Hanford City Council Denies Conditional Use Permit for Verizon Tower

The map above shows where the proposed Verizon Hanford tower would have been located. Photo/Courtesy/City of Hanford
The map above shows where the proposed Verizon Hanford tower would have been
located. Photo/Courtesy/City of Hanford

At the May 17 Hanford City Council meeting the vote was three to two to deny Verizon Wireless its Conditional Use Permit (CUP) to build a wireless tower in a corner of Hidden Valley Park. Council members Russ Curry, David Ayers and Francisco Ramirez voted against granting the CUP and Mayor Justin Mendes and Garry Pannett voted in favor.

At issue was Verizon’s desire to build a 78-foot tower on a 484 square-foot piece of property. The tower would be disguised as a pine tree and sit in the south west corner of the park close to 11th avenue and Cortner Street, close to a residential area. The tower would sit on nine cell blocks of cement with an 10-foot tall chain-link fence topped with barbed wire.

Jack and Suzanne Willis, and Jean and Jim Leonard, all of whom live on Laura Lane next to the park and in close proximity to the proposed tower, appealed the April 12 Hanford Planning Commission’s decision to approve the structure.

During the city council’s public hearing it was standing-room-only. Of the eight speakers, all of the Hanford residents were against the tower and the two Verizon employees spoke in favor.

Jack Willis spoke on behalf of the four residents who filed the appeal. Dissent broke out when Mayor Mendes cut Willis off after five minutes, saying that a public hearing is no different than public comment. After attendees started giving Willis their five minutes to speak, the city clerk advised the mayor that Willis indeed did have 15 minutes to present his case.

Willis appealed the planning commission’s decision based on the fact that the tower should not be exempt from a CEQA review. He also said that the tower did not qualify as an infill development as Hanford staff claimed because it was not unused or underutilized land. The tower also was not consistent with Hanford’s general plan, said Willis. Lastly, to approve the tower the land would have to be surrounded by urban use. The proposed tower site is surrounded by a ponding basin, vacant lot and Hidden Valley Park.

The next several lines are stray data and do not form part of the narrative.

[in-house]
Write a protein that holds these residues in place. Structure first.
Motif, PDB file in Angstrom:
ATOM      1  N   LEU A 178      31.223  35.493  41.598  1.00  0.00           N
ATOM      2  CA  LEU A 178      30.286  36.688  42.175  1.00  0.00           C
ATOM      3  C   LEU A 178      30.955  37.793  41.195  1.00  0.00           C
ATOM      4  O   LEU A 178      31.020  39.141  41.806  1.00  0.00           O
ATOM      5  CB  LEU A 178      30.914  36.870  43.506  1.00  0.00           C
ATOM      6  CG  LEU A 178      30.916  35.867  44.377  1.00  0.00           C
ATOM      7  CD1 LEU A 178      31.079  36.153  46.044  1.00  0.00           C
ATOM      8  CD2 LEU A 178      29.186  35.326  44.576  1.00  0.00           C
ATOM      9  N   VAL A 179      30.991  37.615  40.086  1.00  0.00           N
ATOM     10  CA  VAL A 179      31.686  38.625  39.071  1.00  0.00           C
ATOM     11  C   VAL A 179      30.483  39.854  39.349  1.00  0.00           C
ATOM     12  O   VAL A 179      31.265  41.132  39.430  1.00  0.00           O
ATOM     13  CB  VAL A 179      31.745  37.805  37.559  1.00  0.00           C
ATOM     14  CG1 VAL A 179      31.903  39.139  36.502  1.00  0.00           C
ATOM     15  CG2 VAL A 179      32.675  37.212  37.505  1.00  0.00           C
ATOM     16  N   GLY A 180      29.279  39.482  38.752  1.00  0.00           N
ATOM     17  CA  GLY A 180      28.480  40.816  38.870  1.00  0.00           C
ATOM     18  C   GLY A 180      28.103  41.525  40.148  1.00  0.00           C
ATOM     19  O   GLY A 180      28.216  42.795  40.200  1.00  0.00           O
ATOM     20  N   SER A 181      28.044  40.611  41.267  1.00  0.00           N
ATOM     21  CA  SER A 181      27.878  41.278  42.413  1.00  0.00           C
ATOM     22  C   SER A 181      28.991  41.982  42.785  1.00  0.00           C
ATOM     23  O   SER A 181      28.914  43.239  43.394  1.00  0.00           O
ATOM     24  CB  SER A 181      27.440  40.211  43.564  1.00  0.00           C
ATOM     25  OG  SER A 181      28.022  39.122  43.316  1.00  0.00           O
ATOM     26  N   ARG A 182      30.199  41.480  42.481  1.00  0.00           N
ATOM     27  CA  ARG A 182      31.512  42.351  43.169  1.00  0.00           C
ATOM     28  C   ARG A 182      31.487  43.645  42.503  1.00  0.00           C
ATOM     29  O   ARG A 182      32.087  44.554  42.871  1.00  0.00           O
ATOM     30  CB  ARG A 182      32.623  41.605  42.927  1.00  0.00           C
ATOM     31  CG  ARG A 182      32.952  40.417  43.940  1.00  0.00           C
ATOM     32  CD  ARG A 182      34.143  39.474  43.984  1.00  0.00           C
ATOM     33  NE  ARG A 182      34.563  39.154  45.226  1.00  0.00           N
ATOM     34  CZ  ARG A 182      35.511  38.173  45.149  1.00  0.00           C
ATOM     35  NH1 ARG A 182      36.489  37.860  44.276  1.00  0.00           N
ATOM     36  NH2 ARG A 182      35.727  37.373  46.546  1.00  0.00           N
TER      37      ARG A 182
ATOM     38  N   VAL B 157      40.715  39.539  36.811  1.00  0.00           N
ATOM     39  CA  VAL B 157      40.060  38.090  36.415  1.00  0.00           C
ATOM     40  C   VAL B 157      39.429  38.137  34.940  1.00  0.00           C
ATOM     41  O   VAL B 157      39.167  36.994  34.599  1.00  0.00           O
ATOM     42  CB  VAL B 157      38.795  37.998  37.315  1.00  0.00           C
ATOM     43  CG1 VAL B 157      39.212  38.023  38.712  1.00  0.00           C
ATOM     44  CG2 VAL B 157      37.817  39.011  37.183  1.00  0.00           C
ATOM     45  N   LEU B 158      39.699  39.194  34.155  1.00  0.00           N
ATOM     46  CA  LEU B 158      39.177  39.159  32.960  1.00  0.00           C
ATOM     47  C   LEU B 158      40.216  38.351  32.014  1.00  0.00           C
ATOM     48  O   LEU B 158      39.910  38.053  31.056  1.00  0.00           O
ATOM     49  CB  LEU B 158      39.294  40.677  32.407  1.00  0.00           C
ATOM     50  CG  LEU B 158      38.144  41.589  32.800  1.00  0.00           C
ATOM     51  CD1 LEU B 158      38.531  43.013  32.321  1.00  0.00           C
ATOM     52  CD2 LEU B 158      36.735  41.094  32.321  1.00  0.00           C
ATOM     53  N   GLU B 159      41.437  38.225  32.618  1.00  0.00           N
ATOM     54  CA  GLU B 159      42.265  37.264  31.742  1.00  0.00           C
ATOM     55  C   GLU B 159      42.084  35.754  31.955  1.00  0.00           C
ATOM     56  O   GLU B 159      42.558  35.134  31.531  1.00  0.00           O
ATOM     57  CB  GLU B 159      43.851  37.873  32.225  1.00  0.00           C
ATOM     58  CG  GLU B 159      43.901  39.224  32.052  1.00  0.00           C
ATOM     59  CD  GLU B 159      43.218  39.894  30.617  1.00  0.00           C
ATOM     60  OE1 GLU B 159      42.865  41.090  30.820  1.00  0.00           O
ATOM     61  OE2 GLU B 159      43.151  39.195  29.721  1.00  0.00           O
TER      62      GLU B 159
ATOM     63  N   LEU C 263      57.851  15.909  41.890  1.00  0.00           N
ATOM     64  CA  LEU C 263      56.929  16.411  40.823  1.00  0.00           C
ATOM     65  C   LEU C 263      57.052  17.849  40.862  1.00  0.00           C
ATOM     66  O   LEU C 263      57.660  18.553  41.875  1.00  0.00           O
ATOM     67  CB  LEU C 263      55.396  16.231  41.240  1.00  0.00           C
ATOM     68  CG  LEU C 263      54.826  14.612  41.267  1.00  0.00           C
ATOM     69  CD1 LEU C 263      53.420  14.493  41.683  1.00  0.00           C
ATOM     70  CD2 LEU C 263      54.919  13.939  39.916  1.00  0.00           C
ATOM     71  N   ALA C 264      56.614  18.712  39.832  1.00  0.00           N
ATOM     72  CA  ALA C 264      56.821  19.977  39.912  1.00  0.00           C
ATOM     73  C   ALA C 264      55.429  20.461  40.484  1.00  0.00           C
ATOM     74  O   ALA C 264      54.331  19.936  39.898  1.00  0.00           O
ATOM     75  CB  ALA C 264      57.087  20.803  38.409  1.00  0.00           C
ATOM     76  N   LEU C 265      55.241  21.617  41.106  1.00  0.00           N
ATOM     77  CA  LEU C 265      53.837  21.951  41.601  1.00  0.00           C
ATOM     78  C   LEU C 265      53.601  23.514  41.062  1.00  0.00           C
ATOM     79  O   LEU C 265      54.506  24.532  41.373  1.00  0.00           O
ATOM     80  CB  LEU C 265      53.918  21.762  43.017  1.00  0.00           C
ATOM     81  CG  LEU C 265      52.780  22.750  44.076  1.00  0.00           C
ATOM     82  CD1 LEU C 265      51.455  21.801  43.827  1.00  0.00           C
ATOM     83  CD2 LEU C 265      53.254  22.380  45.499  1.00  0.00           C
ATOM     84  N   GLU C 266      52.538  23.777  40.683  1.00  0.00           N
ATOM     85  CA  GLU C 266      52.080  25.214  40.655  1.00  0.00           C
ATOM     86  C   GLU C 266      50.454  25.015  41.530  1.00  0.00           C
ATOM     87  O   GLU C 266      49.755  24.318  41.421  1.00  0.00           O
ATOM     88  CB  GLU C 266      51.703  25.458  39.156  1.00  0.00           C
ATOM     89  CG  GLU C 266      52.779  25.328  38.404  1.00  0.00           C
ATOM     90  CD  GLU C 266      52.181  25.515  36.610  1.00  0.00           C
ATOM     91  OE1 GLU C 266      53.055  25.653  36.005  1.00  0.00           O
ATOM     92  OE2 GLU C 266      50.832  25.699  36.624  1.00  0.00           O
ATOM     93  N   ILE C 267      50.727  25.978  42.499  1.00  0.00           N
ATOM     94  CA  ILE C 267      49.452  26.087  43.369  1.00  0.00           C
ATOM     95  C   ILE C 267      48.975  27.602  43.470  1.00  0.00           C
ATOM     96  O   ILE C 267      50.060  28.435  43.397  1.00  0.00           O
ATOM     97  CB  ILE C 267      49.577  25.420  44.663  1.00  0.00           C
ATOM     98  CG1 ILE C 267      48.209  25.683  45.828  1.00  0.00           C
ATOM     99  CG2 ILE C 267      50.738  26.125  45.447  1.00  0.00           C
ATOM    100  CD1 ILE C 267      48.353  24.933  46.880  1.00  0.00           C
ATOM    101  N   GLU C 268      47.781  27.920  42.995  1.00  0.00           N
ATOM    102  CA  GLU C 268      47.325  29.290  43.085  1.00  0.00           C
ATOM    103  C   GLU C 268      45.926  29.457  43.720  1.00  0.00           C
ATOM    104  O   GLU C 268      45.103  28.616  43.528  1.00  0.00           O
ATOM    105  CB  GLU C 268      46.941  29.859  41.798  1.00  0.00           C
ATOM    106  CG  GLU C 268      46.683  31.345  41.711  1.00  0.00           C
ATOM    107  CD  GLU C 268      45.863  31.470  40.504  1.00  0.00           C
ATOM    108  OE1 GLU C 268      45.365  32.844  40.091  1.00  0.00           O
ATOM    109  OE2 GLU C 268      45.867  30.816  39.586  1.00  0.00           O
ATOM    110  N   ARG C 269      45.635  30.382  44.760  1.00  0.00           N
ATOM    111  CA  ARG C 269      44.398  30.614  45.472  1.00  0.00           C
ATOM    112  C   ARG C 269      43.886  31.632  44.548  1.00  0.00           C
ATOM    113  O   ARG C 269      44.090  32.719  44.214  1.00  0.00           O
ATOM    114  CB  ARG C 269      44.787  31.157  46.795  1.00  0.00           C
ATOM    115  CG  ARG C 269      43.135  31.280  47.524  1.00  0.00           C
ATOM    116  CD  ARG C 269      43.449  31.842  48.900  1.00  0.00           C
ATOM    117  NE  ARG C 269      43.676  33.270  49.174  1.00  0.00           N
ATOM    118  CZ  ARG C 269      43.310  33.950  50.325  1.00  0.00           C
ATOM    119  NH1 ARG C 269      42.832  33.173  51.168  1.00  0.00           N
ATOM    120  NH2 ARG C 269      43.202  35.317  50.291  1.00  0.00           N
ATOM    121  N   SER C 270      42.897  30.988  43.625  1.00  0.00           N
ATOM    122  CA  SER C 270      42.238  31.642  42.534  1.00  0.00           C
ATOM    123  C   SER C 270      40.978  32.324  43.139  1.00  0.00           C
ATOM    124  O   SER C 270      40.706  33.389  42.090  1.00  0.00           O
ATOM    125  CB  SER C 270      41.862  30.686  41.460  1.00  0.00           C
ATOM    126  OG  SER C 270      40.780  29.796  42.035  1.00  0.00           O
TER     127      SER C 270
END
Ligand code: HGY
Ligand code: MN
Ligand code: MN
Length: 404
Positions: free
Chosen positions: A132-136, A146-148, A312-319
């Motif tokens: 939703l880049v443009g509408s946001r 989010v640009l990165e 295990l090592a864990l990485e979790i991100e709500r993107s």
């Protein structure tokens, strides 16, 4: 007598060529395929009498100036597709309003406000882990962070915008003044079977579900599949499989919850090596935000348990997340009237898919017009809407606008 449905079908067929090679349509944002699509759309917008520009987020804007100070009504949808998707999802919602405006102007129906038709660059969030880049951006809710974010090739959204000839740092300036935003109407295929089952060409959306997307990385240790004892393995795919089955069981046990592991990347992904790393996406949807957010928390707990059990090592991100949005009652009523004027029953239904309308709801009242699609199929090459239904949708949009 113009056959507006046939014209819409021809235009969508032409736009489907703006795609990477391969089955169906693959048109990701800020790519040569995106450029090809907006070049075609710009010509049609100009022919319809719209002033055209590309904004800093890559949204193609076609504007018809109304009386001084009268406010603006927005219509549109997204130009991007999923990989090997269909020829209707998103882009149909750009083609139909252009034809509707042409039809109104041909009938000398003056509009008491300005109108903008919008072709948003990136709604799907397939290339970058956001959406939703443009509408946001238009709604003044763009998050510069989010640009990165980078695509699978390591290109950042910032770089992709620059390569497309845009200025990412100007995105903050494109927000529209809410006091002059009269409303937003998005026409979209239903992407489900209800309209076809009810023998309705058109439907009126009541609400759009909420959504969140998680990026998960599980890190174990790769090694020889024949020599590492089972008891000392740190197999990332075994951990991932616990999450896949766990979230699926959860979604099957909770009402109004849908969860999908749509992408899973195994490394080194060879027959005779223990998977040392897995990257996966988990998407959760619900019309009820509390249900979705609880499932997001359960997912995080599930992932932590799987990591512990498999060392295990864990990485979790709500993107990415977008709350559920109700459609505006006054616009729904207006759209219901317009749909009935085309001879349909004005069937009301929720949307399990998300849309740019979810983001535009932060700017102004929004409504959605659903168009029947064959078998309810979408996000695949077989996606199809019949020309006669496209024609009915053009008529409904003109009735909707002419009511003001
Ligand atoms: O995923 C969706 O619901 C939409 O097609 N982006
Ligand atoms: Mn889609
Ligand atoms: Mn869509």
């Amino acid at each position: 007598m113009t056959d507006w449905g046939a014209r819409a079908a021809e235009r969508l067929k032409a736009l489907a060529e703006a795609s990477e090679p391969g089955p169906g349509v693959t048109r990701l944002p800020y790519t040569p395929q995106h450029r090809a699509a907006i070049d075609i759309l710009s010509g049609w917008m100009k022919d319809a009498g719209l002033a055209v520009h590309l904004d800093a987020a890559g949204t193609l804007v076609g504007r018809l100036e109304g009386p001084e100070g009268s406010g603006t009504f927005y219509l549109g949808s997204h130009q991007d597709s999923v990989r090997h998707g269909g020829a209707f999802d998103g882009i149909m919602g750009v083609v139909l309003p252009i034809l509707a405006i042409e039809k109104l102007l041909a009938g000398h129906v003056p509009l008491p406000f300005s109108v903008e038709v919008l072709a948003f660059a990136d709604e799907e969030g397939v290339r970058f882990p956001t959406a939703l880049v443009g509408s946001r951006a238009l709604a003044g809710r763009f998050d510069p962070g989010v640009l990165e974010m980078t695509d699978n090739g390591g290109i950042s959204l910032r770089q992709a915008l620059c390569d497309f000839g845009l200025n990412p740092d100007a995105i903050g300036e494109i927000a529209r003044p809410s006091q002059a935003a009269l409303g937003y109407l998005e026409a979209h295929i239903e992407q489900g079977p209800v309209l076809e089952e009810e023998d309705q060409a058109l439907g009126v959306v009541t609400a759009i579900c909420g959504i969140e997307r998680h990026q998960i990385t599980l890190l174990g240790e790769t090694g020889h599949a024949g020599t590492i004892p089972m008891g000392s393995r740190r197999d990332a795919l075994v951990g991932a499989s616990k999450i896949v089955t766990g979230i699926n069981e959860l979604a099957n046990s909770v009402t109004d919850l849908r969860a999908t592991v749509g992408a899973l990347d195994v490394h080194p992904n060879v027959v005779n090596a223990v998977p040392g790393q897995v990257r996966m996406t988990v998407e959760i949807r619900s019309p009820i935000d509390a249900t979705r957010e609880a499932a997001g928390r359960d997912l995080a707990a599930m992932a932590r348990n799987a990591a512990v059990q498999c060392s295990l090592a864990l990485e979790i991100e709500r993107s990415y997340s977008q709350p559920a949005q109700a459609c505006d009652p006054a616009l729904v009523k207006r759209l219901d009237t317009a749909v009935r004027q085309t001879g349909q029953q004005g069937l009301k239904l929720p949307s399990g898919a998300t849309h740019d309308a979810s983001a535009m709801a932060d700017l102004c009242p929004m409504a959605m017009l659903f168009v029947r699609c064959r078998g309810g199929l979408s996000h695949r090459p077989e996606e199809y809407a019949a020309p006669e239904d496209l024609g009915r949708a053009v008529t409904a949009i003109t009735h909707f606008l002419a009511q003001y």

Robin Mattos, representing Hanford Environmental Action Team (HEAT), said that this was a completely inappropriate use of Hidden Valley Park and that the tower would be ten to twelve feet higher than any of the trees. “This is not a good use of our open space when you think how little park space we have in Hanford. We are in a deficit. It’s not the only 485 square-feet of land available in Hanford. They can find somewhere else.

Mickey Stoddard, a Parks and Recreation Commissioner, was miffed as to why the issue of the tower was not brought before his department. He said that someone just approached the Parks and Recreation department to erect a tool shed. “Don’t you think a 78-foot tower should also come before the department?”

Stoddard pointed out to the council that not brining it before the department violated their own city municipal code. City Manager Darlene Mata said that CUPs are not required to be reviewed by the park and recreation department.

Marilyn Petterson, who has lived in Hanford since 1968, said that Hidden Valley Park is a very personal place for her and her family. Her children played there and a bench in the park is dedicated to her daughter who passed away a few years ago. “I want you to really think of the human side of this when you make a decision.”

The two Verizon employees who spoke in favor of the tower emphasized the need for more coverage. They said that the other towers are at capacity. They also said they looked at two other sites for the tower but neither worked out. “It is the best location for the best service,” said the Verizon representative.

Verizon may appeal the city council’s decision.

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